The Palermo Technical Impact Hazard Scale is a logarithmic scale used by astronomers to rate the potential hazard of impact of a near-earth object (NEO). It combines two types of data—probability of impact, and estimated kinetic yield—into a single "hazard" value. A rating of 0 means the hazard is as likely as the background hazard (defined as the average risk posed by objects of the same size or larger over the years until the date of the potential impact). A rating of +2 would indicate the hazard is 100 times more likely than a random background event. Scale values less than −2 reflect events for which there are no likely consequences, while Palermo Scale values between −2 and 0 indicate situations that merit careful monitoring. A similar but less complex scale is the Torino Scale, which is used for simpler descriptions in the non-scientific media.
The scale compares the likelihood of the detected potential impact with the average risk posed by objects of the same size or larger over the years until the date of the potential impact. This average risk from random impacts is known as the background risk. The Palermo Scale value, P, is defined by the equation:
- pi is the impact probability
- T is the time interval over which pi is considered
- fB is the background impact frequency
The background impact frequency is defined for this purpose as:
where the energy threshold E is measured in megatons, yr is the unit of T divided by one year.
The near-Earth object (89959) 2002 NT7 was the first near-Earth object detected by NASA's latest NEO program to be given a positive rating on the scale of 0.06, indicating a higher-than-background threat. The value was subsequently lowered after more measurements were taken and 2002 NT7 is no longer considered to pose any risk, and was removed from the Sentry Risk Table on 1 August 2002.
For a brief period in late December 2004, asteroid (99942) Apophis (then known only by its provisional designation 2004 MN4) held the record for Palermo scale values, with a value of 1.10 for a possible collision in the year 2029. The 1.10 value indicated that a collision with this object was considered to be almost 12.6 times more likely than a random background event: 1 in 37 instead of 1 in 472. With further observations, the possibility of a 2029 impact was eliminated, but as of August 2011 a maximum Palermo rating of −3.08 applies, due to a possible event in 2036.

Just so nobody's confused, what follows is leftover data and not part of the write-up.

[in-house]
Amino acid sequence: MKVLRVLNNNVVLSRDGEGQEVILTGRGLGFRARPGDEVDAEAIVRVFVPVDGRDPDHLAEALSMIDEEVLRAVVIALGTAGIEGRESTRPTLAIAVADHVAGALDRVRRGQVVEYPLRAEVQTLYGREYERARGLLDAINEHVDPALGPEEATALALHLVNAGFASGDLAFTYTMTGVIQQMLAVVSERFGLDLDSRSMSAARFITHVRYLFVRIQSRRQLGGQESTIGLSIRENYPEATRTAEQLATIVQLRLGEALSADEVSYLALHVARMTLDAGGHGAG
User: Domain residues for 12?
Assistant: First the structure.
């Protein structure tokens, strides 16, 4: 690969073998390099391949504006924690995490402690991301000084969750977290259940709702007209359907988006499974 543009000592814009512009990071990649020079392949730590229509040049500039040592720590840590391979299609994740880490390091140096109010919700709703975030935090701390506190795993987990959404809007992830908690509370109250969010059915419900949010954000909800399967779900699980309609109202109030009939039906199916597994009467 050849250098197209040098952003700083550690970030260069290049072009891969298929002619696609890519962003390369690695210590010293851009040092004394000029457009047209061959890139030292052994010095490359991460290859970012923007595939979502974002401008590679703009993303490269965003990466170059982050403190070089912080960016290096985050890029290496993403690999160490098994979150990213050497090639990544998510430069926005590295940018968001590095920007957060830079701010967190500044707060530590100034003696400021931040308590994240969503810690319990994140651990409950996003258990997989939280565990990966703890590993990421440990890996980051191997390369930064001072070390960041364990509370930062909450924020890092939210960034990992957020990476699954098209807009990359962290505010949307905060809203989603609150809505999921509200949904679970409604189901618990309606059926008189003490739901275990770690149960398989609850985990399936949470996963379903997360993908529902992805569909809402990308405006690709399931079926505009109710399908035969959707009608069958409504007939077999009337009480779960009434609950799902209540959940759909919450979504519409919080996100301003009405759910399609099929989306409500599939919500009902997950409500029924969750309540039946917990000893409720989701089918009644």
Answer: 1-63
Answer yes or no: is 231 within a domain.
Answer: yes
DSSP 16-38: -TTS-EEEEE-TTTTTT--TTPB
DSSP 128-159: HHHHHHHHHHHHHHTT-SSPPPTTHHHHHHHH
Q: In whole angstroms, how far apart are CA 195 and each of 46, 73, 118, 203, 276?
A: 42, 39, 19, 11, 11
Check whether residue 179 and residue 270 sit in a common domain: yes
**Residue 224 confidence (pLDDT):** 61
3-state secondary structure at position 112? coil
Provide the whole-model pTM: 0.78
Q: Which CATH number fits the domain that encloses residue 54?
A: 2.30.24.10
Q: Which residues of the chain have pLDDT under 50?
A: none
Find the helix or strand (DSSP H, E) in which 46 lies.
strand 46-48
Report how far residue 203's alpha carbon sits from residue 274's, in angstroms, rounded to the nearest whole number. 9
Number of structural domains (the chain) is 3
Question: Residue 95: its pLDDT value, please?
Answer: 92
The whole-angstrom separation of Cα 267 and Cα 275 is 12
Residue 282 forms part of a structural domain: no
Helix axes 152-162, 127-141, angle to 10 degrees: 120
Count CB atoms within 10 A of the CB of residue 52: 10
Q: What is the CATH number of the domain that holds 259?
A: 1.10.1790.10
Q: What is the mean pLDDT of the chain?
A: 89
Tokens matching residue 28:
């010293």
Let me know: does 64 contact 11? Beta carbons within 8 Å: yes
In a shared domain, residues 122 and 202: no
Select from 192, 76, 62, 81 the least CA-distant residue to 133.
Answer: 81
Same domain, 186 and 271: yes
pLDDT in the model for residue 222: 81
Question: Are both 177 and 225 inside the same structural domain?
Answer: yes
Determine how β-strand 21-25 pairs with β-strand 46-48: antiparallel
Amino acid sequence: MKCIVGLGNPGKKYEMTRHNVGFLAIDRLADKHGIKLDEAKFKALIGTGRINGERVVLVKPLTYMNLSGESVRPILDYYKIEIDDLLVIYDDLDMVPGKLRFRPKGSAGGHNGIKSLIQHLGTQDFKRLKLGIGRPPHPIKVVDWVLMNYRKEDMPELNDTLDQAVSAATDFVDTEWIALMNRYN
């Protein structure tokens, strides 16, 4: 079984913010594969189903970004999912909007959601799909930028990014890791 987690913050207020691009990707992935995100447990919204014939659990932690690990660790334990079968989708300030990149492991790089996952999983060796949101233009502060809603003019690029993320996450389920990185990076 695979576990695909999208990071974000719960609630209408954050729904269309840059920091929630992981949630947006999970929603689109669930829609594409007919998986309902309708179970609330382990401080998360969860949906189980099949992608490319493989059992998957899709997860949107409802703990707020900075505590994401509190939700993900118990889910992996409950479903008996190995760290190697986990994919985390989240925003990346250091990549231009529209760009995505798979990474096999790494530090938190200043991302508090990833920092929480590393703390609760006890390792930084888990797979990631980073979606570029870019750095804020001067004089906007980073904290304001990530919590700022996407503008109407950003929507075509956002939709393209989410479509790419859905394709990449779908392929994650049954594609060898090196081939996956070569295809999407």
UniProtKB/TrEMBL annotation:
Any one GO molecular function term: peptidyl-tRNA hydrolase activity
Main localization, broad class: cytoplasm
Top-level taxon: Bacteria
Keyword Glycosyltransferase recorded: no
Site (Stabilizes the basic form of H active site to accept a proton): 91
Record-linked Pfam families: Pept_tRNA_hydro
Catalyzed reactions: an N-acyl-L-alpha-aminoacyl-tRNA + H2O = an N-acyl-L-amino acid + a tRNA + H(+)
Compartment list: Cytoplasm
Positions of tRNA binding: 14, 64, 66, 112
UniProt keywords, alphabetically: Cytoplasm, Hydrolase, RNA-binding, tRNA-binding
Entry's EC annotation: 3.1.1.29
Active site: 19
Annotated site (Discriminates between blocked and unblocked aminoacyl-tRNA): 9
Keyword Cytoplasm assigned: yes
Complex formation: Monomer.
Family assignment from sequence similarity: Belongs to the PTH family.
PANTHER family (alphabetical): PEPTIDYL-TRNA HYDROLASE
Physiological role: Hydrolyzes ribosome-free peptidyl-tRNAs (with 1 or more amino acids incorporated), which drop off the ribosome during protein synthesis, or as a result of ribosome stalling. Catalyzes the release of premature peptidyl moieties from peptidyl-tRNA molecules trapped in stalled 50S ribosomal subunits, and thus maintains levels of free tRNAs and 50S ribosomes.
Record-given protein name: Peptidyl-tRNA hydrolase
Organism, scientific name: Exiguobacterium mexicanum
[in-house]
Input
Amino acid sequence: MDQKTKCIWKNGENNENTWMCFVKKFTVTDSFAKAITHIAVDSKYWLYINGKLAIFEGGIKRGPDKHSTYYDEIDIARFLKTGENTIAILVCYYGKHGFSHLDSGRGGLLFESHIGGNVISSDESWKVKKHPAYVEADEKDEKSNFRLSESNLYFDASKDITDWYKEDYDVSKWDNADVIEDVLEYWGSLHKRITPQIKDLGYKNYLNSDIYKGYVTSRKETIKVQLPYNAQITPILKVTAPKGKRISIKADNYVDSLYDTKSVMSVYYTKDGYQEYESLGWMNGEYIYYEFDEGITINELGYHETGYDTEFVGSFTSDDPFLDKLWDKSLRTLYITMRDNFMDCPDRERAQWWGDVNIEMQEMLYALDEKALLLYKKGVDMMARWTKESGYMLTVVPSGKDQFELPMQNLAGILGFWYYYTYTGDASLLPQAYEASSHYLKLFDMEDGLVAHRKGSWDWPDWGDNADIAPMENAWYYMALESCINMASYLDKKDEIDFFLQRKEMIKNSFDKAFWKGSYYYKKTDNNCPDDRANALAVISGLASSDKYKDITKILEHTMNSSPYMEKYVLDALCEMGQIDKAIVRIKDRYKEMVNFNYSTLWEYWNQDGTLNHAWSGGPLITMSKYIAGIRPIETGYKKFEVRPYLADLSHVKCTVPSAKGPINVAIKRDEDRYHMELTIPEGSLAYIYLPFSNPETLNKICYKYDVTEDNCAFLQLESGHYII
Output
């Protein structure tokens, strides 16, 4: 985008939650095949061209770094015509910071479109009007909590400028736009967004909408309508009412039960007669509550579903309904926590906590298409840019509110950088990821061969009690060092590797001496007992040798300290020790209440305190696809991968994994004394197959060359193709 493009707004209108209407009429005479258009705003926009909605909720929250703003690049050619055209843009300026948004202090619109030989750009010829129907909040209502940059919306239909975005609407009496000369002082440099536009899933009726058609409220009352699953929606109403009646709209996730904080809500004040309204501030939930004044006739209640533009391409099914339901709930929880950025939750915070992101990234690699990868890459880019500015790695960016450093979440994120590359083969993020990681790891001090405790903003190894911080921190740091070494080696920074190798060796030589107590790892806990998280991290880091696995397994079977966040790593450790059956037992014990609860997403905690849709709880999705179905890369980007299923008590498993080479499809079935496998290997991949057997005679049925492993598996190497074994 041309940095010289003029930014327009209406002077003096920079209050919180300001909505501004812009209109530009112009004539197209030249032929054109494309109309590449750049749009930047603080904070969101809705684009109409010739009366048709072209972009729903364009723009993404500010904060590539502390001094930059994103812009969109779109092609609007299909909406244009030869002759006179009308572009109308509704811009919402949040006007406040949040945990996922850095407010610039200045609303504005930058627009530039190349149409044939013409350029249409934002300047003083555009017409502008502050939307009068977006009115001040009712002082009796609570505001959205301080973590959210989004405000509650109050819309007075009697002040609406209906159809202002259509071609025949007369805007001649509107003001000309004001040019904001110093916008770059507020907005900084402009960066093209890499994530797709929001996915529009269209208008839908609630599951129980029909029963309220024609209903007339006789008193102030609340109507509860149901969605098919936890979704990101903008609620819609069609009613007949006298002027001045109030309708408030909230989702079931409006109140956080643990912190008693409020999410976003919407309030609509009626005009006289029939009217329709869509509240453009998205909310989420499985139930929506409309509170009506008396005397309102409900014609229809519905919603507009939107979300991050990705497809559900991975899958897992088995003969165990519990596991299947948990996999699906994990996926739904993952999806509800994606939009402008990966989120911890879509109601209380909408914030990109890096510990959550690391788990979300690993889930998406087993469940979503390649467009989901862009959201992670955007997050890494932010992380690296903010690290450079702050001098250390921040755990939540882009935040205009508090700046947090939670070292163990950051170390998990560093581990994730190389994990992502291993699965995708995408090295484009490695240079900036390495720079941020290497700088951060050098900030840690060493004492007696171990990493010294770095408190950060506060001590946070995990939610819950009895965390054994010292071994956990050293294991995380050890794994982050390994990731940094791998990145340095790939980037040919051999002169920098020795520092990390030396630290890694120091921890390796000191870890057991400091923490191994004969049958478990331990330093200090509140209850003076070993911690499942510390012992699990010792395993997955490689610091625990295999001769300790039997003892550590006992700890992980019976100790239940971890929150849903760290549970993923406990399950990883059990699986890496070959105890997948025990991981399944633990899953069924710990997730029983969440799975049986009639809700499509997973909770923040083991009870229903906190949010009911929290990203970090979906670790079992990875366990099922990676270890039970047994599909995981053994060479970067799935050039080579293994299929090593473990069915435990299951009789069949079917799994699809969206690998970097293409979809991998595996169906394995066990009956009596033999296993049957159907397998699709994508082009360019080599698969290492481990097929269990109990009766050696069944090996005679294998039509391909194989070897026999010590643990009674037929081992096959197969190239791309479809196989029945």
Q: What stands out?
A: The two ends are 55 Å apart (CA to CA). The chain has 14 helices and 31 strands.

Since September 2002, the highest Palermo rating maintained has been that of asteroid (29075) 1950 DA, with a value of 0.17 for a possible collision in the year 2880. 1950 DA is the only known asteroid whose hazard could be above the background level.
Famous quotes containing the words scale, hazard, technical and/or impact:
“That age will be rich indeed when those relics which we call Classics, and the still older and more than classic but even less known Scriptures of the nations, shall have still further accumulated, when the Vaticans shall be filled with Vedas and Zendavestas and Bibles, with Homers and Dantes and Shakespeares, and all the centuries to come shall have successively deposited their trophies in the forum of the world. By such a pile we may hope to scale heaven at last.”
—Henry David Thoreau (18171862)
“Who chooseth me must give and hazard all he hath.
Must givefor what? for lead, hazard for lead?
This casket threatens. Men that hazard all
Do it in hope of fair advantages;
A golden mind stoops not to shows of dross.”
—William Shakespeare (15641616)
“Woman is the future of man. That means that the world which was once formed in mans image will now be transformed to the image of woman. The more technical and mechanical, cold and metallic it becomes, the more it will need the kind of warmth that only the woman can give it. If we want to save the world, we must adapt to the woman, let ourselves be led by the woman, let ourselves be penetrated by the Ewigweiblich, the eternally feminine!”
—Milan Kundera (b. 1929)
“Too many existing classrooms for young children have this overriding goal: To get the children ready for first grade. This goal is unworthy. It is hurtful. This goal has had the most distorting impact on five-year-olds. It causes kindergartens to be merely the handmaidens of first grade.... Kindergarten teachers cannot look at their own children and plan for their present needs as five-year-olds.”
—James L. Hymes, Jr. (20th century)